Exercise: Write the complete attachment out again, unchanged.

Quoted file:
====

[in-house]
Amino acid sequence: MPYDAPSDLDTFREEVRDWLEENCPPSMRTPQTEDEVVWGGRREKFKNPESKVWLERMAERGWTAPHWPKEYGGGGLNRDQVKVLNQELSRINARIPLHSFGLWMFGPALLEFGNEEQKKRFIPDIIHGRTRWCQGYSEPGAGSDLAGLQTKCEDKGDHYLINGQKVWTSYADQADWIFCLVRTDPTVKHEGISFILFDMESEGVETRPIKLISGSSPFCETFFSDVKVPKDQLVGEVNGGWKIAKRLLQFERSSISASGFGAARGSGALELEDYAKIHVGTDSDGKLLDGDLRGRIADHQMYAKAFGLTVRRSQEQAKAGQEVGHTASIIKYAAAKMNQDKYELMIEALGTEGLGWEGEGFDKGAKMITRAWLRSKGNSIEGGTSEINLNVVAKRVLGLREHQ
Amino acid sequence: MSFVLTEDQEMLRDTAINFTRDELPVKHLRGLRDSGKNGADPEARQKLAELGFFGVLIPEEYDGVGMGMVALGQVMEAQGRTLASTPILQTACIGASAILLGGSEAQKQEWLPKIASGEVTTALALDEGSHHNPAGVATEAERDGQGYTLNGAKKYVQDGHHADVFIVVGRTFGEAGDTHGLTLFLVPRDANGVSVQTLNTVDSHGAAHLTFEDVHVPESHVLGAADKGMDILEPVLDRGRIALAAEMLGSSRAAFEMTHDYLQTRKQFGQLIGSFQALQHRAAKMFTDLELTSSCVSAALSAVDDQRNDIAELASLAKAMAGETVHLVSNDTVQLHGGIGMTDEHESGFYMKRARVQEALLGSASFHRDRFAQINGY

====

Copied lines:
[in-house]
Amino acid sequence: MPYDAPSDLDTFREEVRDWLEENCPPSMRTPQTEDEVVWGGRREKFKNPESKVWLERMAERGWTAPHWPKEYGGGGLNRDQVKVLNQELSRINARIPLHSFGLWMFGPALLEFGNEEQKKRFIPDIIHGRTRWCQGYSEPGAGSDLAGLQTKCEDKGDHYLINGQKVWTSYADQADWIFCLVRTDPTVKHEGISFILFDMESEGVETRPIKLISGSSPFCETFFSDVKVPKDQLVGEVNGGWKIAKRLLQFERSSISASGFGAARGSGALELEDYAKIHVGTDSDGKLLDGDLRGRIADHQMYAKAFGLTVRRSQEQAKAGQEVGHTASIIKYAAAKMNQDKYELMIEALGTEGLGWEGEGFDKGAKMITRAWLRSKGNSIEGGTSEINLNVVAKRVLGLREHQ
Amino acid sequence: MSFVLTEDQEMLRDTAINFTRDELPVKHLRGLRDSGKNGADPEARQKLAELGFFGVLIPEEYDGVGMGMVALGQVMEAQGRTLASTPILQTACIGASAILLGGSEAQKQEWLPKIASGEVTTALALDEGSHHNPAGVATEAERDGQGYTLNGAKKYVQDGHHADVFIVVGRTFGEAGDTHGLTLFLVPRDANGVSVQTLNTVDSHGAAHLTFEDVHVPESHVLGAADKGMDILEPVLDRGRIALAAEMLGSSRAAFEMTHDYLQTRKQFGQLIGSFQALQHRAAKMFTDLELTSSCVSAALSAVDDQRNDIAELASLAKAMAGETVHLVSNDTVQLHGGIGMTDEHESGFYMKRARVQEALLGSASFHRDRFAQINGY